It is 1972, Great Britain has just joined the European Union, the Watergate scandal is making headlines and Mott The Hoople is on the verge of disbandment. After forming three years earlier in 1969, the group hadn’t accomplished much. Although they gained a reputation for being an amazing live band, the band failed to make much of an impact on the charts. Their two previous albums had been totally unsuccessful, commercially speaking. Additionally, the band had issues with their label, which seemed concerned that the band didn’t have a clear trajectory. Mott The Hoople decided the best thing to do would be to quit.
Then David Bowie walked in.
In 1972, Bowie was still a relatively unknown singer. But for Mott The Hoople, he represented an opportunity. The story goes that the band’s bassist Overend Watts approached Bowie and asked if he had any gigs going on, fearing he would be out of work if Hoople actually decided to go their separate ways. Bowie didn’t offer him a job but had seen the band live and was a huge fan of their loud gigs: “Don’t do anything, I’ll find something, you don’t have to break up,” Bowie said.
True to his word, Bowie sat down to write a song that would save the band from oblivion. Of the writing process, Bowie said, “I literally wrote it within an hour or so of learning their breakup was imminent. It was a great little group, and I was like, ‘This will be an interesting thing to do, let’s see if I can write them a song and keep them together.’ And that’s what he did.
But first Bowie needed to know if the lead was right. He first played the song to Pete Watts at his manager’s house. Watts recalled that Bowie played “All The Young Dudes” to him: “On 12-string acoustics,” he said. “You could tell right away that it was a great song; he had the words of the chorus, but he did not have all the words of the verses. But the song quickly developed and Bowie quickly decided to play it for the whole group. Singer Ian Hunter recalls, “The first thing I knew was that I could sing it because I’m not that universal as a singer. And second, there was no doubt about it; it was a great song.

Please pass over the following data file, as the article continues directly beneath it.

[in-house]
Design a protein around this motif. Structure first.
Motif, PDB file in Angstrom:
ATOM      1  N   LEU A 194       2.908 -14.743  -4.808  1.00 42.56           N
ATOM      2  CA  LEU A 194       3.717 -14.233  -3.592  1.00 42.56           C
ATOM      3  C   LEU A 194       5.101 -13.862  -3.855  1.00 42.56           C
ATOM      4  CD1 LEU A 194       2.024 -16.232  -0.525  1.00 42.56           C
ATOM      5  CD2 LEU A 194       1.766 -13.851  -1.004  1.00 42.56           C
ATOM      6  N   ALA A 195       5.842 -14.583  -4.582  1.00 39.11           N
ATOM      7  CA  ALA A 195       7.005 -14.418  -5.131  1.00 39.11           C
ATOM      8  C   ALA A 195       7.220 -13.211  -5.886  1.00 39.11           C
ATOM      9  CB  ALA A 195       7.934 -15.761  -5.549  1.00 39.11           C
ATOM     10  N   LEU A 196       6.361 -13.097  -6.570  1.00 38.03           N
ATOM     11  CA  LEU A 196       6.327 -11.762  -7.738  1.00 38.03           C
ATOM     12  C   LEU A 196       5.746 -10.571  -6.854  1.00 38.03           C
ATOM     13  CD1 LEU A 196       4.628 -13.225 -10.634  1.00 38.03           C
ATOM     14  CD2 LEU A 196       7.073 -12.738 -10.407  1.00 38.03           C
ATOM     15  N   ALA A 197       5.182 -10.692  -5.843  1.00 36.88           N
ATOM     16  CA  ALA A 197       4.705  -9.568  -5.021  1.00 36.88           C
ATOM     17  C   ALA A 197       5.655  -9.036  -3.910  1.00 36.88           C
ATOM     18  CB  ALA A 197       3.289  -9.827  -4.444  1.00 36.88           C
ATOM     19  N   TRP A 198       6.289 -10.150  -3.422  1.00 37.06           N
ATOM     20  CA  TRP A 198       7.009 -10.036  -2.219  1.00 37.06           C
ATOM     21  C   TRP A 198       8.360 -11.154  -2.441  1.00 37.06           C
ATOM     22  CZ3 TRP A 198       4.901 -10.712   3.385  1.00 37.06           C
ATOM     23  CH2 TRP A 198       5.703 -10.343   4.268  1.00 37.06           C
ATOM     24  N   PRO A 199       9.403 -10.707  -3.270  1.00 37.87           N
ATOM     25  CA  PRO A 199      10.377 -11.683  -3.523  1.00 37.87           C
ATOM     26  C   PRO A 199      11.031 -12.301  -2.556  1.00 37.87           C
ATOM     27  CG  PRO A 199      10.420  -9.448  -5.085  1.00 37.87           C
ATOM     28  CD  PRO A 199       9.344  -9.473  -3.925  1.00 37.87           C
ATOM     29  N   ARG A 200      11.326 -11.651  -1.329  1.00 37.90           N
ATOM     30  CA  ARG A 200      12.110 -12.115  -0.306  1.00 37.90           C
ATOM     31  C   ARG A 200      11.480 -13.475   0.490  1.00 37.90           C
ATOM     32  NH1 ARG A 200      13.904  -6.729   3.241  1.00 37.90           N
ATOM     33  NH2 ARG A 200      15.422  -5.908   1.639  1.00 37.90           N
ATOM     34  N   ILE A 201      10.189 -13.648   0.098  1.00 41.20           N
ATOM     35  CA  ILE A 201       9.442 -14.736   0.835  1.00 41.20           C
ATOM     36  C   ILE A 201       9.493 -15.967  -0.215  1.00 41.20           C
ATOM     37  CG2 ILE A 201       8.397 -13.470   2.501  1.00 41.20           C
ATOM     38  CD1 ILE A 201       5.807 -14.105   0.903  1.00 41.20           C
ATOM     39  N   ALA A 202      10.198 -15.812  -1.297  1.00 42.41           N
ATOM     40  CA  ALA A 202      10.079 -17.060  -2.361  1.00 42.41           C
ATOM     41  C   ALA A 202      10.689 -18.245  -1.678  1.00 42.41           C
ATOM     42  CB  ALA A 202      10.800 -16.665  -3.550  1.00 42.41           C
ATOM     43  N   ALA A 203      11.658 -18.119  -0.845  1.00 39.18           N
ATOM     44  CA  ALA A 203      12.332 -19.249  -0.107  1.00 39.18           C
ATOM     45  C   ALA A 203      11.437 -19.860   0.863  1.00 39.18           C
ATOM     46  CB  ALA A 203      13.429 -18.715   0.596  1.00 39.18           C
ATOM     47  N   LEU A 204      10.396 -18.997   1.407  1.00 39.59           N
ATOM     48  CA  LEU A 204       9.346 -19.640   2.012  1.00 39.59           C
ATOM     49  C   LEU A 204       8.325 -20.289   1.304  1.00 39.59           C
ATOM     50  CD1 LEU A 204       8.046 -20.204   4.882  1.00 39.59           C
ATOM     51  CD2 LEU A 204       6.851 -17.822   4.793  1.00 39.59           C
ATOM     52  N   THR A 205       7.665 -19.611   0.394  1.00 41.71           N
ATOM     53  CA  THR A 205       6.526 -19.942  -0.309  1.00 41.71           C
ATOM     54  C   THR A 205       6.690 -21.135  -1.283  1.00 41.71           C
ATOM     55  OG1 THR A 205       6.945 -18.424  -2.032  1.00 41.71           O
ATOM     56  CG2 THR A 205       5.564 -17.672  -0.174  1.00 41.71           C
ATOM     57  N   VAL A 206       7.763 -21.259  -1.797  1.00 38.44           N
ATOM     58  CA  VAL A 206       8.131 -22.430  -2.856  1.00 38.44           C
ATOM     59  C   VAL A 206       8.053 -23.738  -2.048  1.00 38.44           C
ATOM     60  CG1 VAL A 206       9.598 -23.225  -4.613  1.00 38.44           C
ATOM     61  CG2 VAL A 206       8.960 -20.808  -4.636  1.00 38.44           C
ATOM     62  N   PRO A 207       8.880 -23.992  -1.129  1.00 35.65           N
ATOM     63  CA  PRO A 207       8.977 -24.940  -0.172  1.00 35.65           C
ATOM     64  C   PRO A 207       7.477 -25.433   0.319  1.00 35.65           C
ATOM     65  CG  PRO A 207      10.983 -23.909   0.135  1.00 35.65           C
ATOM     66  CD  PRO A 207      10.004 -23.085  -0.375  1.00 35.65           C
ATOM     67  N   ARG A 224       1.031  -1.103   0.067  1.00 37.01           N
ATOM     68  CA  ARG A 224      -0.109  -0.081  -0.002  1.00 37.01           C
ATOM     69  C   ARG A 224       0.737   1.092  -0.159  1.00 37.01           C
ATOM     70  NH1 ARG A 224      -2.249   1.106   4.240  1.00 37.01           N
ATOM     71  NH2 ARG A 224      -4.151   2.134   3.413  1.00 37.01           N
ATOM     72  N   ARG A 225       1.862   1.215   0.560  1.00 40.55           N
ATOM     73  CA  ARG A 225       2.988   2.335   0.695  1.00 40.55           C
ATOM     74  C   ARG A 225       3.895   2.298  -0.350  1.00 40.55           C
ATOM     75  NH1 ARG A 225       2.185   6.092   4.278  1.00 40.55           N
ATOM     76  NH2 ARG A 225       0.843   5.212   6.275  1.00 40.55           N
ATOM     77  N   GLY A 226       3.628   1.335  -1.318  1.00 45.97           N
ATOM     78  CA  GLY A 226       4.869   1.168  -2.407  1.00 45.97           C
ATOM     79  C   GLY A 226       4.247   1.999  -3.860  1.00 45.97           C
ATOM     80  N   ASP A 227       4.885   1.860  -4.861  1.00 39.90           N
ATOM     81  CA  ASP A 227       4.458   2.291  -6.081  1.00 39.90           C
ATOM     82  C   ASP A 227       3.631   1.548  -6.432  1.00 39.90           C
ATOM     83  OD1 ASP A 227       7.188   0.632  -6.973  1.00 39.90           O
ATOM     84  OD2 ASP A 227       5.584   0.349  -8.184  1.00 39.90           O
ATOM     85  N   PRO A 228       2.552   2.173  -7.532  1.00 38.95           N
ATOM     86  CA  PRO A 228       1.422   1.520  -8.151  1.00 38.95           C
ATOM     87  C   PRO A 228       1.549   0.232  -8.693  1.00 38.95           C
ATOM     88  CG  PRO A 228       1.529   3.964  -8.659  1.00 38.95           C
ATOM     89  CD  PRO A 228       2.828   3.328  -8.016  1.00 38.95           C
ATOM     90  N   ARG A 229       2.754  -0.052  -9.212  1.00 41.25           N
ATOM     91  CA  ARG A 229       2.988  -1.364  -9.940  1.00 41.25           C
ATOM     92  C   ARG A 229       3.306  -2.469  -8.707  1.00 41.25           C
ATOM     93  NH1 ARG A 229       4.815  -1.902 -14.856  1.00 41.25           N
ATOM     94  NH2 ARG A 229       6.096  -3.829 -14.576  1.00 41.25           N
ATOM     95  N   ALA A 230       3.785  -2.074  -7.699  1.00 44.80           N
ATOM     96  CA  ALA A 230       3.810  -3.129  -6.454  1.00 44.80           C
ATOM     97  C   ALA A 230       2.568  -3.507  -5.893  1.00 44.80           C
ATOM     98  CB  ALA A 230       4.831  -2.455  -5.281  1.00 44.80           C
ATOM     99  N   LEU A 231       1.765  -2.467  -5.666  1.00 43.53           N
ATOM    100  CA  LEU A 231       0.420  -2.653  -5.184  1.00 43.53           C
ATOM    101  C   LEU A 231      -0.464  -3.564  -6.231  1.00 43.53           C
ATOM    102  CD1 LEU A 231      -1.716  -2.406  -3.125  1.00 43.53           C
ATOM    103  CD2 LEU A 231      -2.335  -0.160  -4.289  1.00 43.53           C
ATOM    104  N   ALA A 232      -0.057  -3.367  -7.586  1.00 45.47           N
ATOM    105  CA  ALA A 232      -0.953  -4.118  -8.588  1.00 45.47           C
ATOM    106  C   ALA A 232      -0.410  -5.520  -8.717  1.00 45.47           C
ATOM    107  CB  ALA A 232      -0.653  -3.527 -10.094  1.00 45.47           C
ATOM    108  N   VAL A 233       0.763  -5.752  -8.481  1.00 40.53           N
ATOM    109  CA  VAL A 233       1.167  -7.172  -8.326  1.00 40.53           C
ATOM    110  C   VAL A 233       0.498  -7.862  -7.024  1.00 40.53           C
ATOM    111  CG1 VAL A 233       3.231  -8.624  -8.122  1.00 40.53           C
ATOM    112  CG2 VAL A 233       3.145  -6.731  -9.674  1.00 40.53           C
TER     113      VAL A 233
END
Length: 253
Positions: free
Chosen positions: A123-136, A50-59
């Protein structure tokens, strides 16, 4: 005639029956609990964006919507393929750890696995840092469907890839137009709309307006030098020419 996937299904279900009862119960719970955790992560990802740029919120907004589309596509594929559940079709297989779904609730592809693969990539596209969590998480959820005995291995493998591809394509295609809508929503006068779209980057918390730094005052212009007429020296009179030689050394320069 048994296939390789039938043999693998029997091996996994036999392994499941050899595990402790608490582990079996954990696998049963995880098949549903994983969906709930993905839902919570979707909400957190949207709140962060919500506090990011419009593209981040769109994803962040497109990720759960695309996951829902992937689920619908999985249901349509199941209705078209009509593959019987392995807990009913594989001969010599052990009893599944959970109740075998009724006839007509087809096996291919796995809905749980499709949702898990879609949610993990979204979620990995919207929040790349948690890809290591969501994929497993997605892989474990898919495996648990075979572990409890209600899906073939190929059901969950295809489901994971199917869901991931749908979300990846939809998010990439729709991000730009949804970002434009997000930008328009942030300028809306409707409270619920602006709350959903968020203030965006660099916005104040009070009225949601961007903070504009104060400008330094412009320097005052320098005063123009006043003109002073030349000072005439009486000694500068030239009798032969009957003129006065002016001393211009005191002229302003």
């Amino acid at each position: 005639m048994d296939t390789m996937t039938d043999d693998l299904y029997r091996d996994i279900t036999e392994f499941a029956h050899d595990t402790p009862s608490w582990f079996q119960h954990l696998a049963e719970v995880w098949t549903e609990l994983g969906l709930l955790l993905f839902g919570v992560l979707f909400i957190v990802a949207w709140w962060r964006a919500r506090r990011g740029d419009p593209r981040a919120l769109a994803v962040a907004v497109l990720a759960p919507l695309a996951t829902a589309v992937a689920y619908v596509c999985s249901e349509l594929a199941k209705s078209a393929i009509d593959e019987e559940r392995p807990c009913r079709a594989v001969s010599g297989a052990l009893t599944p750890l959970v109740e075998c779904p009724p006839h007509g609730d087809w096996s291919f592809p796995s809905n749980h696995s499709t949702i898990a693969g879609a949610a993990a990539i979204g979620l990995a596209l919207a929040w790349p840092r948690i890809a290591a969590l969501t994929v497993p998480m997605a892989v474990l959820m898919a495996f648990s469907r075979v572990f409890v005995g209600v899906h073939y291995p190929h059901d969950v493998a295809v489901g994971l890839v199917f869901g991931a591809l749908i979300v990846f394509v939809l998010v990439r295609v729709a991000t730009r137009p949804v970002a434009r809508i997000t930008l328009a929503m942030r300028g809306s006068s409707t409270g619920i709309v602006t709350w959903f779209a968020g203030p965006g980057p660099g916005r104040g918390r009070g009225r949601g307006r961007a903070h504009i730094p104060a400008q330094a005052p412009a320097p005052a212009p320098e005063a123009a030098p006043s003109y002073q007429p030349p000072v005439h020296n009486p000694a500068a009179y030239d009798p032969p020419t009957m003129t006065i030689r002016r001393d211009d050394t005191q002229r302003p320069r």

However, even with a great song, Mott The Hoople still had a problem: how to record it. After alienating their label, they had to find another way to get into the recording studio. As their manager did everything they could to get Mott The Hoople out of their recording deal with Island Records, the band headed to Olympic Studios in London under cover of darkness for a recording session. sneaky at midnight.
Bowie and the group objected. There was no time to rehearse before recording. Bowie played the song once, and the band played him again; that’s all he went. Bowie then put down a vocal guide so that Hunter could follow the tune with a bit more ease. This obviously helped, and the vocal tracks were completed in under two hours. Meanwhile, guitarist Mick Ralphs wasted no time and used the session to create the distorted guitar lick that introduces the track.
However, when the group returned to the studio the next night, Bowie seemed to be deep in thought. Hunter remembers how Bowie “felt the song was going to falter towards the end,” he said, adding, “That nothing was happening. He was about to decide not to use it as a single when I remembered a meeting I had had with a rowdy at a recent concert at the Rainbow. He annoyed me and I ended up pouring beer on him. The anecdote inspired Bowie , and he ended up using it as ad lib towards the end of the song.
Feeling reinvigorated, Bowie then had the bizarre idea of putting the band in the studio bathroom. This is where the applause that appears in the chorus was recorded.
Despite the band’s struggles to record it, “All The Young Dudes” changed everything for Mott The Hoople, just as Bowie intended. It became a hit, and Bowie even decided he’d like to produce the rest of Mott’s album The Hoople. Bowie’s songwriting skills were truly the miracle Mott The Hoople was looking for.
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